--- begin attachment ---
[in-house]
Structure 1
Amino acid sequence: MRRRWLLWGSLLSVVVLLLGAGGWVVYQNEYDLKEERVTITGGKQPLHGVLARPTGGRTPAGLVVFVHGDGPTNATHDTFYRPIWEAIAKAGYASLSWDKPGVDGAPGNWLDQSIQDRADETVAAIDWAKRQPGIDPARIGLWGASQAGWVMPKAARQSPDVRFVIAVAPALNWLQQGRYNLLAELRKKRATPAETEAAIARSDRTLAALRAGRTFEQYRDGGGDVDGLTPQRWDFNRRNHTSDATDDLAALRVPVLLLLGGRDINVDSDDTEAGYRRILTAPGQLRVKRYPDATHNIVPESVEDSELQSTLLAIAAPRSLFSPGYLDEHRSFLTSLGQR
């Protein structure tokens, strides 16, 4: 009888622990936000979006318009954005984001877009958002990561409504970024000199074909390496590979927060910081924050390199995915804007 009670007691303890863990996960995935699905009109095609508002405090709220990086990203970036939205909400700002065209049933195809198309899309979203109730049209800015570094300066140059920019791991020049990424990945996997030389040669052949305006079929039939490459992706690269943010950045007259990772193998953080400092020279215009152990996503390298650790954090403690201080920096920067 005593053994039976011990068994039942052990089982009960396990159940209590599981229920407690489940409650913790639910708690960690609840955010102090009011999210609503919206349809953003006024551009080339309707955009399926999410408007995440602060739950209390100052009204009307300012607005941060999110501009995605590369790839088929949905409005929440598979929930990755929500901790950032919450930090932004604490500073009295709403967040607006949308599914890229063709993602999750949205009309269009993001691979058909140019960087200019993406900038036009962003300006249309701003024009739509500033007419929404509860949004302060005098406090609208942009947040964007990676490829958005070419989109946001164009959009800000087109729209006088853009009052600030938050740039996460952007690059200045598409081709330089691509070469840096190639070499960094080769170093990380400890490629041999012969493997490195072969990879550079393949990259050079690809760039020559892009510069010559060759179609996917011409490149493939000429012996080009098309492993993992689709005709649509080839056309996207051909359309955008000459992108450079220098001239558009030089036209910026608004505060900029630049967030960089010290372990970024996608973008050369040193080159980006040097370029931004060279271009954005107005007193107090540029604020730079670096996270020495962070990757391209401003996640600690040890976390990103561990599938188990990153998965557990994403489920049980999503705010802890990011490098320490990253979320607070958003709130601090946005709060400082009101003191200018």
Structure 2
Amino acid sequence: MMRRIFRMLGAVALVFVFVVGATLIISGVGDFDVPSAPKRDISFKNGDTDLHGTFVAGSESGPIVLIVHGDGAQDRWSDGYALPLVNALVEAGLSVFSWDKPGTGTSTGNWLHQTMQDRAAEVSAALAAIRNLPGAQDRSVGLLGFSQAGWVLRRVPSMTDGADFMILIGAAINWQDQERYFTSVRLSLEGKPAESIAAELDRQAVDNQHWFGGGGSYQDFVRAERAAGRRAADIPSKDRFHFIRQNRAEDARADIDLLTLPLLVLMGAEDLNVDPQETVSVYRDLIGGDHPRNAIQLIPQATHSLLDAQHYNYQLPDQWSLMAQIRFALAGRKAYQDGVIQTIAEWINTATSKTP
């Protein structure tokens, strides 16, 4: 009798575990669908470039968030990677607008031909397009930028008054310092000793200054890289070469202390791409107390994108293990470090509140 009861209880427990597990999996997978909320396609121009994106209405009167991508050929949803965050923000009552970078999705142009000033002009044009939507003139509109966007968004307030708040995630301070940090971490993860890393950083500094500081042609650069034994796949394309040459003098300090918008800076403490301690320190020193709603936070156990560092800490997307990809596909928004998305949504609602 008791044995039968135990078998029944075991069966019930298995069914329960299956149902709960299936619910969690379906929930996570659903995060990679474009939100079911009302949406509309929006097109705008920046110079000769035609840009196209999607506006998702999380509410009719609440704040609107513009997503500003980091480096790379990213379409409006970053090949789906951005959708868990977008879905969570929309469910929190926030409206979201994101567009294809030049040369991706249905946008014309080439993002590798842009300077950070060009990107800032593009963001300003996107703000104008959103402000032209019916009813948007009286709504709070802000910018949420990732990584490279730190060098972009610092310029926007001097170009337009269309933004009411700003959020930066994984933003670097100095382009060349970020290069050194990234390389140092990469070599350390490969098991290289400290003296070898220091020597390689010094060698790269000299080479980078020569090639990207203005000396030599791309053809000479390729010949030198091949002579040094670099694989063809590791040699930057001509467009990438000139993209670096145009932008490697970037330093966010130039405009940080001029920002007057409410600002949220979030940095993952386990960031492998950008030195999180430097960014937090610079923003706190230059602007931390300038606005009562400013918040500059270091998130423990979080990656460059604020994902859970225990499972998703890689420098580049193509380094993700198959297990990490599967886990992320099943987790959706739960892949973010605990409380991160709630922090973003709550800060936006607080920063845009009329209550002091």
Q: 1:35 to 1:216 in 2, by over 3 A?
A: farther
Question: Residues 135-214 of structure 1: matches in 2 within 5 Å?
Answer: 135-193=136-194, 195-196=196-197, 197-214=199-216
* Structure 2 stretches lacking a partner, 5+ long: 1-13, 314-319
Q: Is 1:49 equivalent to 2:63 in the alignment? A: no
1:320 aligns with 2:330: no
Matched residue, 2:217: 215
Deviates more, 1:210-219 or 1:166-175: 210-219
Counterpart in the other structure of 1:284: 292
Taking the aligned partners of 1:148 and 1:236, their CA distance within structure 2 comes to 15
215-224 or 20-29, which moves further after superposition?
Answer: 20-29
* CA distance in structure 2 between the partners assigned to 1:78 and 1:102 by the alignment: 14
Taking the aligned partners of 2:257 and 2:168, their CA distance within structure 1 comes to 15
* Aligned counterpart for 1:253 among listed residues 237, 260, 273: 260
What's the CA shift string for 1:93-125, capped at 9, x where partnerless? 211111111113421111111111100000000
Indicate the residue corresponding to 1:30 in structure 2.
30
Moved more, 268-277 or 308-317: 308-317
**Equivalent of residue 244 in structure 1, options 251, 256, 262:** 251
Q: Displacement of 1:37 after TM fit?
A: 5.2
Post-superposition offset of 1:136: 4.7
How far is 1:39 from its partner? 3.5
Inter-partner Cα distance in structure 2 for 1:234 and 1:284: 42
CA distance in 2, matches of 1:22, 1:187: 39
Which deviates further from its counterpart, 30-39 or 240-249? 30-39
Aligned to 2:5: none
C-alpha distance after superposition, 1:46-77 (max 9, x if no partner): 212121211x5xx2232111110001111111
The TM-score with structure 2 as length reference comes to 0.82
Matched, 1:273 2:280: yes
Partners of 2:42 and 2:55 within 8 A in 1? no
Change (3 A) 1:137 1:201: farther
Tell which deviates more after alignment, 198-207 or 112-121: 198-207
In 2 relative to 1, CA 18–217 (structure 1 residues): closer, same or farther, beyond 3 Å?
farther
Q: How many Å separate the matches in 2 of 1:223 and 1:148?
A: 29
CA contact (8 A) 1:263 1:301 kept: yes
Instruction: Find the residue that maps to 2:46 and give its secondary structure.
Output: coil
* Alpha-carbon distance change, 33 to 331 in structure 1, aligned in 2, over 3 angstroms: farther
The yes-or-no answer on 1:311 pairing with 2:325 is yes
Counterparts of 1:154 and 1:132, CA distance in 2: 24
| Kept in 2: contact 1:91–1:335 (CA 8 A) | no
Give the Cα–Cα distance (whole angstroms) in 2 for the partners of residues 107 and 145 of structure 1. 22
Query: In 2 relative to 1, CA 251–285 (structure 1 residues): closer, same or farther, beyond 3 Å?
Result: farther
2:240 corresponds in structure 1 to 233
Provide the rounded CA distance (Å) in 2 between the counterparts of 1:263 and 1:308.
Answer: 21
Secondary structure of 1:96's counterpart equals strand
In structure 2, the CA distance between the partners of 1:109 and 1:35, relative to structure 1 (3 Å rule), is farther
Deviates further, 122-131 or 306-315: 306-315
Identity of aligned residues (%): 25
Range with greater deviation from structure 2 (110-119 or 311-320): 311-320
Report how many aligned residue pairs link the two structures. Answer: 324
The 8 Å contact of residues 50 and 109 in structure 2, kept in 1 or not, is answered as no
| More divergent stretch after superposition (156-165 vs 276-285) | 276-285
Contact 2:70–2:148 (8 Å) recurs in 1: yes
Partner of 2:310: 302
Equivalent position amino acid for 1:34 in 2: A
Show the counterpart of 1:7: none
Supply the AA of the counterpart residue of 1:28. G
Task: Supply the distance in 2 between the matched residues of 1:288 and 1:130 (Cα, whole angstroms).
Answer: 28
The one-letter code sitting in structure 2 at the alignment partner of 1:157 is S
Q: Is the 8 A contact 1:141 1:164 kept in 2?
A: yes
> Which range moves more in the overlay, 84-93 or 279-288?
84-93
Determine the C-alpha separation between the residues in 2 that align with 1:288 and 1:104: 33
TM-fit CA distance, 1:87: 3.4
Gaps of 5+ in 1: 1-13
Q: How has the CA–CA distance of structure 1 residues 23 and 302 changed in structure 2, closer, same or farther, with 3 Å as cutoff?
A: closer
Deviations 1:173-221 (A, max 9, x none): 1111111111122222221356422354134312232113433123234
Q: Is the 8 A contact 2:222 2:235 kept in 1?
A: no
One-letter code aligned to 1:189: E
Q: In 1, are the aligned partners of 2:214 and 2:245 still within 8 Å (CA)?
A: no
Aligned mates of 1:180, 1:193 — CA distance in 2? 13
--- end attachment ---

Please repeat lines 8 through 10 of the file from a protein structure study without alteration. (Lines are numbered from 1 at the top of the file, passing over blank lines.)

Q: 1:35 to 1:216 in 2, by over 3 A?
A: farther
Question: Residues 135-214 of structure 1: matches in 2 within 5 Å?